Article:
I was meant to write this about a week ago, but I couldn’t bring myself to get over the shame and anger I felt at the realisation of how little I knew. I had always heard about the aphorism which asserts that what a man does not know is greater than him, even though I didn’t get the full import of that until recently. Needless to say, for some months now, I have made it a matter of exigency to read at least a book in a week. And when I say books, people who know me well understand that my definition of books is never restricted to those used in school or recommended for academic purposes only.
I believe a serious student has enough motivation to spur him to study whatever books that are relevant to his academic pursuit. This motivation often springs from a perception of the need to impress others, justify expenses incurred by parents, or suppress the usually less admitted fear of failure, lest one should become the undesirable object of effusive sympathy, exaggerated pity and not-so-kind mockery. Therefore, it is pardonable that most people find it okay to read just enough academic books to excel in school, while they neglect other books that are no less consequential to their success in life or otherwise. I extricated myself from that bandwagon of people who possess such a monophagous appetite for books a long time ago, and honestly, I only have my stars to thank. Life is too interesting to dwell on a facet and circumvent every other path. Haven’t you heard that variety is the spice of life?
Few days ago, having imposed on myself a 36-hour solitary confinement or thereabout, I concluded a collection of books whose themes run across arts, philosophy, science, religion and languages, well over 600 pages altogether. One should suppose that I would feel fulfilled, even elated, at the achievement of such a feat. Instead, I find it distastefully appalling to admit now that all I felt was shame: a sheer, nagging, humiliating shame. I was embarrassed at the height of my ignorance and the awareness of the exceedingly immeasurable minuteness of my knowledge. I became angry with myself, the kind of anger that compelled me to reflect and ruminate. Sadly, there was no one on whom I could vent my aggression, no one to bear the brunt of the biting pungency of my discovery other than myself. I was alone as the starkness of reality gawked at me, making me cringe.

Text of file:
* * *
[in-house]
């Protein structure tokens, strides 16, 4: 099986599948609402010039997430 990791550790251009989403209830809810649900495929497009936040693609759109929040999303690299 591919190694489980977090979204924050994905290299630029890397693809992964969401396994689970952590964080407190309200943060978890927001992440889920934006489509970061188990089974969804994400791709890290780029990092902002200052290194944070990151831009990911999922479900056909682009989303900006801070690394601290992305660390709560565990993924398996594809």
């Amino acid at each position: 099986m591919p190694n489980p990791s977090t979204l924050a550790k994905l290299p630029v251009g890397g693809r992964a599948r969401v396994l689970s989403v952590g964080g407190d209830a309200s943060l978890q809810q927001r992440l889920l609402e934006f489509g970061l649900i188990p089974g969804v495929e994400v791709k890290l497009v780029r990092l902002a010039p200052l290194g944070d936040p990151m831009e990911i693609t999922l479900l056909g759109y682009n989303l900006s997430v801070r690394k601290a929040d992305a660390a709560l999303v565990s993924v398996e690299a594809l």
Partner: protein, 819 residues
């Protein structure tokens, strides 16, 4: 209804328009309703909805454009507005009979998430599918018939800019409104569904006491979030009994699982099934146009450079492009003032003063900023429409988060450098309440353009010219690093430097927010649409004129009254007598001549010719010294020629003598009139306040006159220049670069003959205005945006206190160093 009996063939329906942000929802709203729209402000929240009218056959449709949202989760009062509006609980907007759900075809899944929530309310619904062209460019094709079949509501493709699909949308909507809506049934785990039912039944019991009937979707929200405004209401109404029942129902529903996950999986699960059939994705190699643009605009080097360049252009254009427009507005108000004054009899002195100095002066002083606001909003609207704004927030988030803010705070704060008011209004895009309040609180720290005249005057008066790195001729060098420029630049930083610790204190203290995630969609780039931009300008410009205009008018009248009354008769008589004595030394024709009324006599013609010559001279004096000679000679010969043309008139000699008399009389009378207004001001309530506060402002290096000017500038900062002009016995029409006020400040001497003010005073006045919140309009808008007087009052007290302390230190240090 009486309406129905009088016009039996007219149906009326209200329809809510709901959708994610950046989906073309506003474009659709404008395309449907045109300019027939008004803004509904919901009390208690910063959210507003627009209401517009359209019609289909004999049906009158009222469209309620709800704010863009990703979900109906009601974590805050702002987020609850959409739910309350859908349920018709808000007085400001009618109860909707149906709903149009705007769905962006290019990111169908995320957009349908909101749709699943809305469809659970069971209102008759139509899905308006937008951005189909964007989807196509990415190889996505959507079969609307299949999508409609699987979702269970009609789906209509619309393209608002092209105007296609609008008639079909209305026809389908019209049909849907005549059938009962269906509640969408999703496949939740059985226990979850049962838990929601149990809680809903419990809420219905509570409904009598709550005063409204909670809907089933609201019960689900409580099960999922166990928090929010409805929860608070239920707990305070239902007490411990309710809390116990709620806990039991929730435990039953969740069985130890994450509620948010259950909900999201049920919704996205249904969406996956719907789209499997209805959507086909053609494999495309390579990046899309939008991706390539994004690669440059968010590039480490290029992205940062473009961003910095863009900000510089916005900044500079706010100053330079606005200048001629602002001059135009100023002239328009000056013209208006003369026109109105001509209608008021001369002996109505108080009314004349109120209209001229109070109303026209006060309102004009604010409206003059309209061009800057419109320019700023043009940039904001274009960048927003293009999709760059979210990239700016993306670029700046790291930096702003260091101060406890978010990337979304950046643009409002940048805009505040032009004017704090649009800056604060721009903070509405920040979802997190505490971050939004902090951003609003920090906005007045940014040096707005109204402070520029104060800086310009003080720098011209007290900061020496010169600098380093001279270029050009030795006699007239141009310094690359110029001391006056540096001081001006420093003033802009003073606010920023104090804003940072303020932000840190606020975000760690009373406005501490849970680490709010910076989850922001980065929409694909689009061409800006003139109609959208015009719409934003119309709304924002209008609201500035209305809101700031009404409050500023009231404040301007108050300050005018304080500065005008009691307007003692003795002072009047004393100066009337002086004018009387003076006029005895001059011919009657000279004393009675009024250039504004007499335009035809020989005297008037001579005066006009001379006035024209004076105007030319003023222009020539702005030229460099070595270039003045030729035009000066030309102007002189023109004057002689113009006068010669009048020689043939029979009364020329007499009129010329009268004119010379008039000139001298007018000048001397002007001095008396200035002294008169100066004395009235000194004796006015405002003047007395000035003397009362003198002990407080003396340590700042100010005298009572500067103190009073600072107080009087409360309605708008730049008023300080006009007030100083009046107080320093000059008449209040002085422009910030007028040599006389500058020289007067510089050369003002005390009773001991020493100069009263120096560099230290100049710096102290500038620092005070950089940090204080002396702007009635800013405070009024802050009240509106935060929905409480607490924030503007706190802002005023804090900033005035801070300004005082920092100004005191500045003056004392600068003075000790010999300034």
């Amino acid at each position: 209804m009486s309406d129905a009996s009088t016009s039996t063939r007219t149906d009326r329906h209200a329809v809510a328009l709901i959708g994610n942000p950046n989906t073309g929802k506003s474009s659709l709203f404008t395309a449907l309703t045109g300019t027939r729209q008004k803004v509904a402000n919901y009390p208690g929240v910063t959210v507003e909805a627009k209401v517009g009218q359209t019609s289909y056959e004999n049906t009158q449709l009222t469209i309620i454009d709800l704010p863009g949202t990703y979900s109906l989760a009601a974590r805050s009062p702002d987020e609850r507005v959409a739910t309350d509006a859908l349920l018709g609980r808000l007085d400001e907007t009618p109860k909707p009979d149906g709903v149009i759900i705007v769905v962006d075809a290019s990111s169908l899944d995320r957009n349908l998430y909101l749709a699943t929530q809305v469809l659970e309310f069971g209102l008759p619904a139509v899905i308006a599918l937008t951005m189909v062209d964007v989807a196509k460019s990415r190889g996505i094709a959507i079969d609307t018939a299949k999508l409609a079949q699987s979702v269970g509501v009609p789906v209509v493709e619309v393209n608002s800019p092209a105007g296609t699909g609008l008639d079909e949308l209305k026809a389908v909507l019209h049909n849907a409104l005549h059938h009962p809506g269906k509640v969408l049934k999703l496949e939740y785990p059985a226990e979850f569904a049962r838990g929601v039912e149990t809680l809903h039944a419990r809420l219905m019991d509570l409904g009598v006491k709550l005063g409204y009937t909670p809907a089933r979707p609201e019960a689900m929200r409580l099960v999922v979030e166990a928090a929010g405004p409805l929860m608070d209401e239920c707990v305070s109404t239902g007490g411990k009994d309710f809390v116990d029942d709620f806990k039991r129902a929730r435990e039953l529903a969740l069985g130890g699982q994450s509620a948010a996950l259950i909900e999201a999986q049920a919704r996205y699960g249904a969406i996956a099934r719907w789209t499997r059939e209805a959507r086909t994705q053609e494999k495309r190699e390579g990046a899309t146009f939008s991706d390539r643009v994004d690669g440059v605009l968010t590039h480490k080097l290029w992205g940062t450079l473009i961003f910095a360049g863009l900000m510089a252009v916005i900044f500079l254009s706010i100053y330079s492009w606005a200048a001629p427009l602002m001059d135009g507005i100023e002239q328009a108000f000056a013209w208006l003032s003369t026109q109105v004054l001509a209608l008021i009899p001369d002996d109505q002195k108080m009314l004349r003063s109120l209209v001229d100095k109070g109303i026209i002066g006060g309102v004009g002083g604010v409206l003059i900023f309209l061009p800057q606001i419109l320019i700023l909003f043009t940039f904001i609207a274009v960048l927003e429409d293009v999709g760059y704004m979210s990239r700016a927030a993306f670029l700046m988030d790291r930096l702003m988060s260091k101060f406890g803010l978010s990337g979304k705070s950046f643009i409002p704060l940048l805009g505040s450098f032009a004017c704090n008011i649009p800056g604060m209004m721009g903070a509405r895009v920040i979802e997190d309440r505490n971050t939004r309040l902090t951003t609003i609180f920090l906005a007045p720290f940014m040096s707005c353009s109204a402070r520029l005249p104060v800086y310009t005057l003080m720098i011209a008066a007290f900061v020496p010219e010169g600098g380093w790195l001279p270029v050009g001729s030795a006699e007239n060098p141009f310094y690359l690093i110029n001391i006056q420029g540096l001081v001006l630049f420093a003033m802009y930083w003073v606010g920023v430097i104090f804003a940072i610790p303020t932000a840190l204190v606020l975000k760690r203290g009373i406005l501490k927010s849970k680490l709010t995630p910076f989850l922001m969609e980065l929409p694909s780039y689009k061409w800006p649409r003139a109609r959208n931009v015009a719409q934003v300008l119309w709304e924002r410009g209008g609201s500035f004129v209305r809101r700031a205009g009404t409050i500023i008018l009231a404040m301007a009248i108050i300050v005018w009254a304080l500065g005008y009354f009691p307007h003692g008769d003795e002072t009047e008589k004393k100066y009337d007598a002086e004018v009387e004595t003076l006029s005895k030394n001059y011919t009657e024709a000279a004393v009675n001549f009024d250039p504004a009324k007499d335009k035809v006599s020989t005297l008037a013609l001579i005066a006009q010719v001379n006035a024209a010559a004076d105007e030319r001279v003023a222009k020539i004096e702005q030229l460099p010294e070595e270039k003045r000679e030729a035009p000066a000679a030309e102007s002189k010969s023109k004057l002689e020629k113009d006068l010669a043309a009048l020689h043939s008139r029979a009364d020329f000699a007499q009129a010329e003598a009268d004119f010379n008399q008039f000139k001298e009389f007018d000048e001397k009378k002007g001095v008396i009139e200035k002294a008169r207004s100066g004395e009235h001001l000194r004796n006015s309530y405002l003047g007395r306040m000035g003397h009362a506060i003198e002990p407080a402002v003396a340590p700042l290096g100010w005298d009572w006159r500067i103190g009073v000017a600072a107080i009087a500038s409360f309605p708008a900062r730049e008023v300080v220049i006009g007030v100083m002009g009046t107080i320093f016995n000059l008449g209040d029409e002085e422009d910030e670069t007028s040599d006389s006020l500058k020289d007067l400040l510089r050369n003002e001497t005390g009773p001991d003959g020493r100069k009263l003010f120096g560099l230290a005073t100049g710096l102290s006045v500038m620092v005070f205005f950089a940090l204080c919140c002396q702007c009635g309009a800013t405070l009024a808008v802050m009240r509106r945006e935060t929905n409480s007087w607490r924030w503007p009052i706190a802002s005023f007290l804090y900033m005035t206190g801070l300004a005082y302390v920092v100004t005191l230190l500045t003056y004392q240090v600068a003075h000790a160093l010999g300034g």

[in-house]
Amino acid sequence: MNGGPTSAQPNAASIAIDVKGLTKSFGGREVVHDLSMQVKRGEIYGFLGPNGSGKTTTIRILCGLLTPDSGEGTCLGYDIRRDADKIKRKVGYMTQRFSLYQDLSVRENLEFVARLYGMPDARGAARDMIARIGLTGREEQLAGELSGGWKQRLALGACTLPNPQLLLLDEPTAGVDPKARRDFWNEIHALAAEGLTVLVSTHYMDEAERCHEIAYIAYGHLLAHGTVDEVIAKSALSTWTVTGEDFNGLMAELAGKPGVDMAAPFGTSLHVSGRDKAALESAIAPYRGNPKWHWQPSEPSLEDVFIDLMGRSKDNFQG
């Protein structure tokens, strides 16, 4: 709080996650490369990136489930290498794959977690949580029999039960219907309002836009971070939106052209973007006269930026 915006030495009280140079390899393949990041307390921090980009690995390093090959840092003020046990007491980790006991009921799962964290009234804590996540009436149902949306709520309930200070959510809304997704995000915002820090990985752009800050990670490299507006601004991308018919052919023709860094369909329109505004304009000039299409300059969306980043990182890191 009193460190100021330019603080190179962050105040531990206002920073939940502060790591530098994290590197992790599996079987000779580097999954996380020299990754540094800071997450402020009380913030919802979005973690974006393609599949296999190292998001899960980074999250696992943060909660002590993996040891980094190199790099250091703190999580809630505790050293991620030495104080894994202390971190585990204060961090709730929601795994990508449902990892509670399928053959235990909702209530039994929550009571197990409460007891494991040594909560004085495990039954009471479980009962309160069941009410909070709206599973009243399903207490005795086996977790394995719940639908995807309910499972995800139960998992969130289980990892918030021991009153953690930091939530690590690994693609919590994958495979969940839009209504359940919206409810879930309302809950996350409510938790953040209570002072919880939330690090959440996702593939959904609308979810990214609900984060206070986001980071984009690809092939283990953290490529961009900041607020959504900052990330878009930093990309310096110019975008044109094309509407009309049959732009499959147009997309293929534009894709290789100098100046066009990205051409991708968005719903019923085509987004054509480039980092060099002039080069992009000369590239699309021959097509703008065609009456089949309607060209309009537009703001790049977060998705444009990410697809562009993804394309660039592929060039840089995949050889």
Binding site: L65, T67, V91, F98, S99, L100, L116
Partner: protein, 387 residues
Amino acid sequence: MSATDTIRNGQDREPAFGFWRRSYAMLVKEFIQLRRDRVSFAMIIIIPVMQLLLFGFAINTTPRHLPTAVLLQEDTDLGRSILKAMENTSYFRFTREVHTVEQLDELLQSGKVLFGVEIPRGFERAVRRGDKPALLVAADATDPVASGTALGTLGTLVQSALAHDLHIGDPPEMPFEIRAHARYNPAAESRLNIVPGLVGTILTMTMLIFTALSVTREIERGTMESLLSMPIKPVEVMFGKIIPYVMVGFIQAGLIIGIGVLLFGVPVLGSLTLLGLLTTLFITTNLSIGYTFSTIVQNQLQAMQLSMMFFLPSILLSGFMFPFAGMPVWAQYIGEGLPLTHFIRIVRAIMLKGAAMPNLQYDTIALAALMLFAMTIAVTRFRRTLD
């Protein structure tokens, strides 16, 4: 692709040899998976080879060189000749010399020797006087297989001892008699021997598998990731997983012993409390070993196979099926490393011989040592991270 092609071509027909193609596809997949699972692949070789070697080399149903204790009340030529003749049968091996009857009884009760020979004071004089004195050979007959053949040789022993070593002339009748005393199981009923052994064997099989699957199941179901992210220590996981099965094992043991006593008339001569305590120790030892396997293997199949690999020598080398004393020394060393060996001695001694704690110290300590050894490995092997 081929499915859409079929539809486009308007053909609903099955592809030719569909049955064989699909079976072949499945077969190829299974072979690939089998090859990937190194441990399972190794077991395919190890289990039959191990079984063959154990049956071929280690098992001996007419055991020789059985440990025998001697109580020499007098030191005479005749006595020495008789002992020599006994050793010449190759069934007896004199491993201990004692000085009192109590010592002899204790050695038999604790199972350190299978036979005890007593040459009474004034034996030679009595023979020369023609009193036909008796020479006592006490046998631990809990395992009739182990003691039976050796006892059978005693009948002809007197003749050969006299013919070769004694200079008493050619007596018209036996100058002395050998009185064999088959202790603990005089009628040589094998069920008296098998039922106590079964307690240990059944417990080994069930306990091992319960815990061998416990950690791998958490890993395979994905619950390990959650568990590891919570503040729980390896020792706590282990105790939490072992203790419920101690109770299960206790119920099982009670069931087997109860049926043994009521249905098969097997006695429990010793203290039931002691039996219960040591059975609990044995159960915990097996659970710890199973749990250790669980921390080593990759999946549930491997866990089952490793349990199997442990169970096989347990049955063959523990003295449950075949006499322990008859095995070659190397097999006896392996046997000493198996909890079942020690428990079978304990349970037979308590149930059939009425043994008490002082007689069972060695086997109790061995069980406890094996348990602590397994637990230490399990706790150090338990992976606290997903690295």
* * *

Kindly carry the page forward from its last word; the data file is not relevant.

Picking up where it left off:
Spontaneously, I brought to an abrupt halt all intellectual works I had embarked on. What use were they anyway? What relevance had they to humanity? What did I even have to say, to write, to invent, to clarify? Chief of all, what did I know?
Oh well, I knew the way forward. I also knew I would forever be ignorant: It is the curse of mankind, his ultimate and ineluctable bane. Ah, how crestfallen it made me feel, the seeming vanity of my quest for knowledge, the infinity of life’s general insatiety. Yet I forgive myself. I forgive myself for knowing so little. I forgive myself for even attempting to know all. I forgive myself for having the guts to forgive myself. What a man does not know will forever be greater than him, and I weep at the finality of this veracity. But woe betide me should I think this as an excuse to become complacent, for knowledge is yet the salvation of mankind. What a paradox! So, I read on.